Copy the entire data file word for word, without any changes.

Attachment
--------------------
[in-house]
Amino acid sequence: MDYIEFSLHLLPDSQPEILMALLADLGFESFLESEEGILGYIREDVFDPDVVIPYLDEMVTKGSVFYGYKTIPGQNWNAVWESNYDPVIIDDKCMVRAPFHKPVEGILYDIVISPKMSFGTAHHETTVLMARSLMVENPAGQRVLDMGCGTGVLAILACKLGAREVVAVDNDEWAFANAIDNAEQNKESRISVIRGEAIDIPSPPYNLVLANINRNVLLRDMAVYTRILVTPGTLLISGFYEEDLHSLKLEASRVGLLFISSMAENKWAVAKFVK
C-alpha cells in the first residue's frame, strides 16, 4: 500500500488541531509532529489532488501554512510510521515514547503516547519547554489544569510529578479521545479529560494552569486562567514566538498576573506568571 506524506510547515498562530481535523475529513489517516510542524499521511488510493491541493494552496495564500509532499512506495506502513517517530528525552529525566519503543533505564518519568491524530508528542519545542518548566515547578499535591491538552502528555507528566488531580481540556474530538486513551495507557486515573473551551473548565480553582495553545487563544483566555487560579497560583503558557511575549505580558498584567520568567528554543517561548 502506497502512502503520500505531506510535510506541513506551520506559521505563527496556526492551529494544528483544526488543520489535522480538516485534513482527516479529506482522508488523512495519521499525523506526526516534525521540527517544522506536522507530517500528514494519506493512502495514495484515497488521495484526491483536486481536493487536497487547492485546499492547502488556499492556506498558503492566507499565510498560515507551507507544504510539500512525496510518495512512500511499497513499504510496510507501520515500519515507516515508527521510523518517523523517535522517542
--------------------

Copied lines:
[in-house]
Amino acid sequence: MDYIEFSLHLLPDSQPEILMALLADLGFESFLESEEGILGYIREDVFDPDVVIPYLDEMVTKGSVFYGYKTIPGQNWNAVWESNYDPVIIDDKCMVRAPFHKPVEGILYDIVISPKMSFGTAHHETTVLMARSLMVENPAGQRVLDMGCGTGVLAILACKLGAREVVAVDNDEWAFANAIDNAEQNKESRISVIRGEAIDIPSPPYNLVLANINRNVLLRDMAVYTRILVTPGTLLISGFYEEDLHSLKLEASRVGLLFISSMAENKWAVAKFVK
C-alpha cells in the first residue's frame, strides 16, 4: 500500500488541531509532529489532488501554512510510521515514547503516547519547554489544569510529578479521545479529560494552569486562567514566538498576573506568571 506524506510547515498562530481535523475529513489517516510542524499521511488510493491541493494552496495564500509532499512506495506502513517517530528525552529525566519503543533505564518519568491524530508528542519545542518548566515547578499535591491538552502528555507528566488531580481540556474530538486513551495507557486515573473551551473548565480553582495553545487563544483566555487560579497560583503558557511575549505580558498584567520568567528554543517561548 502506497502512502503520500505531506510535510506541513506551520506559521505563527496556526492551529494544528483544526488543520489535522480538516485534513482527516479529506482522508488523512495519521499525523506526526516534525521540527517544522506536522507530517500528514494519506493512502495514495484515497488521495484526491483536486481536493487536497487547492485546499492547502488556499492556506498558503492566507499565510498560515507551507507544504510539500512525496510518495512512500511499497513499504510496510507501520515500519515507516515508527521510523518517523523517535522517542